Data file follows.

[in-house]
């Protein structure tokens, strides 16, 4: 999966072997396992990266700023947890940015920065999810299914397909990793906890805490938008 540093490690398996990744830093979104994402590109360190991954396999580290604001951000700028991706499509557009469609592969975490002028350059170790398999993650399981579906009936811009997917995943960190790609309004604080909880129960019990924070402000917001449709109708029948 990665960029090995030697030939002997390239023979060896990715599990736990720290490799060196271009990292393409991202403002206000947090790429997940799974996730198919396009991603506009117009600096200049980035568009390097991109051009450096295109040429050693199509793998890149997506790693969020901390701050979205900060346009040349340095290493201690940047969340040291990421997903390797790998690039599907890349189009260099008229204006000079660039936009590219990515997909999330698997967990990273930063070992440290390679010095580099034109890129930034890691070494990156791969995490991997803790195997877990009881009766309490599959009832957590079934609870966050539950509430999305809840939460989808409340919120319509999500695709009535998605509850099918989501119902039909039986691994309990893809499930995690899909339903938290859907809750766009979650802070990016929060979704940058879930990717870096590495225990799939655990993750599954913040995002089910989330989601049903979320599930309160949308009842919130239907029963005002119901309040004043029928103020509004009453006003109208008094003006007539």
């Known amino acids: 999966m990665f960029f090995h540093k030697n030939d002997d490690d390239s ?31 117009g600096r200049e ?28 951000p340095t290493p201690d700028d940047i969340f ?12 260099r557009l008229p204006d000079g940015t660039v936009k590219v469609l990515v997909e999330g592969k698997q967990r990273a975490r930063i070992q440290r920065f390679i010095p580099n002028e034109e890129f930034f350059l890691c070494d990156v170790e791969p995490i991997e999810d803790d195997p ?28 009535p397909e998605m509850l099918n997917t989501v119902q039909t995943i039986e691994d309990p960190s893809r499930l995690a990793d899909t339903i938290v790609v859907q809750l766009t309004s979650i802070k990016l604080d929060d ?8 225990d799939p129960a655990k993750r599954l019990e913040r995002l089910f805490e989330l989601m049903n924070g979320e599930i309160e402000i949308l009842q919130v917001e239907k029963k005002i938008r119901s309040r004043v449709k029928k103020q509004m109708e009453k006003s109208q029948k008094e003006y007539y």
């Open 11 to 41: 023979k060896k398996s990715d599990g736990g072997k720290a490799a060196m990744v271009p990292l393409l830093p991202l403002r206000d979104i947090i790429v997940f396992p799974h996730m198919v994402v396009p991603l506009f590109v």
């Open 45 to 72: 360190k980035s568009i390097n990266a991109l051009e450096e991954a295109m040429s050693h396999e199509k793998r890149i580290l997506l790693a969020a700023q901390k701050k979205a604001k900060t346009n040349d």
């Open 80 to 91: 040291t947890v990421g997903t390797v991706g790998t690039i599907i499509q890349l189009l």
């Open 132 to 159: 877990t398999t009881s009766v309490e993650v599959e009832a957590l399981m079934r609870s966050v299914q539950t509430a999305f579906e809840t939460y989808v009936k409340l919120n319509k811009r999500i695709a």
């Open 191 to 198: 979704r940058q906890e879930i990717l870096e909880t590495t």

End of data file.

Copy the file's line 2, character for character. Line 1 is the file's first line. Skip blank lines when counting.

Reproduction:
């Protein structure tokens, strides 16, 4: 999966072997396992990266700023947890940015920065999810299914397909990793906890805490938008 540093490690398996990744830093979104994402590109360190991954396999580290604001951000700028991706499509557009469609592969975490002028350059170790398999993650399981579906009936811009997917995943960190790609309004604080909880129960019990924070402000917001449709109708029948 990665960029090995030697030939002997390239023979060896990715599990736990720290490799060196271009990292393409991202403002206000947090790429997940799974996730198919396009991603506009117009600096200049980035568009390097991109051009450096295109040429050693199509793998890149997506790693969020901390701050979205900060346009040349340095290493201690940047969340040291990421997903390797790998690039599907890349189009260099008229204006000079660039936009590219990515997909999330698997967990990273930063070992440290390679010095580099034109890129930034890691070494990156791969995490991997803790195997877990009881009766309490599959009832957590079934609870966050539950509430999305809840939460989808409340919120319509999500695709009535998605509850099918989501119902039909039986691994309990893809499930995690899909339903938290859907809750766009979650802070990016929060979704940058879930990717870096590495225990799939655990993750599954913040995002089910989330989601049903979320599930309160949308009842919130239907029963005002119901309040004043029928103020509004009453006003109208008094003006007539």